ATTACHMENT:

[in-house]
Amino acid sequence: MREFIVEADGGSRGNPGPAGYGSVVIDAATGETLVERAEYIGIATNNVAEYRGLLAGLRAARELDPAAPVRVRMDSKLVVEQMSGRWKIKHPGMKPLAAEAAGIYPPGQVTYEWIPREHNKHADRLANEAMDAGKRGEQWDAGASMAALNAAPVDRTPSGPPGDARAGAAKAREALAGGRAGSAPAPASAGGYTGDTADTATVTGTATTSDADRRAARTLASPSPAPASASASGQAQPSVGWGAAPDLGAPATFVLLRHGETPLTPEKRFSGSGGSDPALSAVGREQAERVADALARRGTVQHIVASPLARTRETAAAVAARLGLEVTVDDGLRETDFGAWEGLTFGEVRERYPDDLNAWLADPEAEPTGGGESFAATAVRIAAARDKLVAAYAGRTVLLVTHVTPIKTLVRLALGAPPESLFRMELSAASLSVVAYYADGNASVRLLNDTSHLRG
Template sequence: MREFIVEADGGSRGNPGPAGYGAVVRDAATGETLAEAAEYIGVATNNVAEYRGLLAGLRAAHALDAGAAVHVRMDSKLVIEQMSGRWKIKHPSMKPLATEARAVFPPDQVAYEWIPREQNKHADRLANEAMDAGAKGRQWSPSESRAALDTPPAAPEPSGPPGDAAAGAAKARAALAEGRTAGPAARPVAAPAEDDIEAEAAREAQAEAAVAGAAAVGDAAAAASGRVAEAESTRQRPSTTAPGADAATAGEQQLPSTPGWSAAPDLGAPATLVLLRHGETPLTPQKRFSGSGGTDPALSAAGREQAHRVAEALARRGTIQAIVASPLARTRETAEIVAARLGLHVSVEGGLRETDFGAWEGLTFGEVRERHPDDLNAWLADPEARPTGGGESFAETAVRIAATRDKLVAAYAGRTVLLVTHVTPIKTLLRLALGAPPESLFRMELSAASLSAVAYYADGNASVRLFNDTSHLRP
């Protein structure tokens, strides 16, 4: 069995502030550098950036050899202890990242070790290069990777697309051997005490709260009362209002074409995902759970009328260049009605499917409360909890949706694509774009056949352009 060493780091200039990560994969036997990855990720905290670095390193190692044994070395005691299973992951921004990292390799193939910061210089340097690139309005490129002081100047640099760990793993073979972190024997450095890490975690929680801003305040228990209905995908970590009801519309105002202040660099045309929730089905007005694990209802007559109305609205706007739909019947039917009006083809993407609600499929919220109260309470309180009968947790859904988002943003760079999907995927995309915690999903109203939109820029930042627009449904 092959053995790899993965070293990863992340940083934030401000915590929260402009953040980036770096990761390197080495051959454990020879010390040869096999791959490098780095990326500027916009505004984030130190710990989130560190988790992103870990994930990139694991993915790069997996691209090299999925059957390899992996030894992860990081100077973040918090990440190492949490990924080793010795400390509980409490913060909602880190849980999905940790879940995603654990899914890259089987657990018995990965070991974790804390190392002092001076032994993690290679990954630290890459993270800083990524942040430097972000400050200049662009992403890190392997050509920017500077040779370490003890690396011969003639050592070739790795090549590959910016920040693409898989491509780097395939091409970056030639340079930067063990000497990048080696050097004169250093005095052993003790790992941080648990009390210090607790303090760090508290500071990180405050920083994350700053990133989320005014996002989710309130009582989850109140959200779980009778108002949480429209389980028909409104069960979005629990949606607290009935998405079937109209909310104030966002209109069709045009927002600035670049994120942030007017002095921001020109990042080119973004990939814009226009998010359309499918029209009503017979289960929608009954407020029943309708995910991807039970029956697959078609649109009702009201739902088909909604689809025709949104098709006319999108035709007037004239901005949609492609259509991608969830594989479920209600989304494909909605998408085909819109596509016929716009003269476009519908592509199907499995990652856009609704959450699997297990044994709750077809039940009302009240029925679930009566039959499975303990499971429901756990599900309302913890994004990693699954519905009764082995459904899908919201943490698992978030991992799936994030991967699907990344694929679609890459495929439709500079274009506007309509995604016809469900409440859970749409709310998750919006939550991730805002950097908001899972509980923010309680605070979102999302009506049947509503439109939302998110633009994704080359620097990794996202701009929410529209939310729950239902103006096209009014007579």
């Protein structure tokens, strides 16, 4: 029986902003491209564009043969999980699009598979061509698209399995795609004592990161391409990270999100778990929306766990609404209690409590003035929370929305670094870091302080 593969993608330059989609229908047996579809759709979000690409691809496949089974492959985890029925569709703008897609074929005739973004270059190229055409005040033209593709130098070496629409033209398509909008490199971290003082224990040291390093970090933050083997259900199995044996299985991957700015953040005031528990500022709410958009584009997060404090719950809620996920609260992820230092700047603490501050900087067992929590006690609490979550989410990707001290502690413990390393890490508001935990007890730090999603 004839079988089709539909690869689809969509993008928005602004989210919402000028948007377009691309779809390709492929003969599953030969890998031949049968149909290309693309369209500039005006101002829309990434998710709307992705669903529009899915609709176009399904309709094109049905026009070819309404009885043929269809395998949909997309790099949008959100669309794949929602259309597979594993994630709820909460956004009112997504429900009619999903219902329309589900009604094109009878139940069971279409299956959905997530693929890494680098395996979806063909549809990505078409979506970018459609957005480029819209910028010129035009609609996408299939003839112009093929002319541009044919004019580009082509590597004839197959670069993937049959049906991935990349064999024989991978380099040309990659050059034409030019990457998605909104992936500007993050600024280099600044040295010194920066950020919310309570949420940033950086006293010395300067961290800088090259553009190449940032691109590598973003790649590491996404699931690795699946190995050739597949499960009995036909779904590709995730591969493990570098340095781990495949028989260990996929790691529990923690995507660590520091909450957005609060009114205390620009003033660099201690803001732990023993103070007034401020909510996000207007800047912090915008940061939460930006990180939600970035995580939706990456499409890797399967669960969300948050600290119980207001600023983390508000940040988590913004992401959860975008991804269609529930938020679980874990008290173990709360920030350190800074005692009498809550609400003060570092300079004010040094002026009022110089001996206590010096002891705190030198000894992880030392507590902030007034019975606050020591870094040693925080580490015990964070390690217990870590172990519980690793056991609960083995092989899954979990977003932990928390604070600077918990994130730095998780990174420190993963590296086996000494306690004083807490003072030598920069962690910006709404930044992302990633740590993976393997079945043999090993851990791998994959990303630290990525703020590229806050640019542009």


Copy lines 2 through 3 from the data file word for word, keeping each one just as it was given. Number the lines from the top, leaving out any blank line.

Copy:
Amino acid sequence: MREFIVEADGGSRGNPGPAGYGSVVIDAATGETLVERAEYIGIATNNVAEYRGLLAGLRAARELDPAAPVRVRMDSKLVVEQMSGRWKIKHPGMKPLAAEAAGIYPPGQVTYEWIPREHNKHADRLANEAMDAGKRGEQWDAGASMAALNAAPVDRTPSGPPGDARAGAAKAREALAGGRAGSAPAPASAGGYTGDTADTATVTGTATTSDADRRAARTLASPSPAPASASASGQAQPSVGWGAAPDLGAPATFVLLRHGETPLTPEKRFSGSGGSDPALSAVGREQAERVADALARRGTVQHIVASPLARTRETAAAVAARLGLEVTVDDGLRETDFGAWEGLTFGEVRERYPDDLNAWLADPEAEPTGGGESFAATAVRIAAARDKLVAAYAGRTVLLVTHVTPIKTLVRLALGAPPESLFRMELSAASLSVVAYYADGNASVRLLNDTSHLRG
Template sequence: MREFIVEADGGSRGNPGPAGYGAVVRDAATGETLAEAAEYIGVATNNVAEYRGLLAGLRAAHALDAGAAVHVRMDSKLVIEQMSGRWKIKHPSMKPLATEARAVFPPDQVAYEWIPREQNKHADRLANEAMDAGAKGRQWSPSESRAALDTPPAAPEPSGPPGDAAAGAAKARAALAEGRTAGPAARPVAAPAEDDIEAEAAREAQAEAAVAGAAAVGDAAAAASGRVAEAESTRQRPSTTAPGADAATAGEQQLPSTPGWSAAPDLGAPATLVLLRHGETPLTPQKRFSGSGGTDPALSAAGREQAHRVAEALARRGTIQAIVASPLARTRETAEIVAARLGLHVSVEGGLRETDFGAWEGLTFGEVRERHPDDLNAWLADPEARPTGGGESFAETAVRIAATRDKLVAAYAGRTVLLVTHVTPIKTLLRLALGAPPESLFRMELSAASLSAVAYYADGNASVRLFNDTSHLRP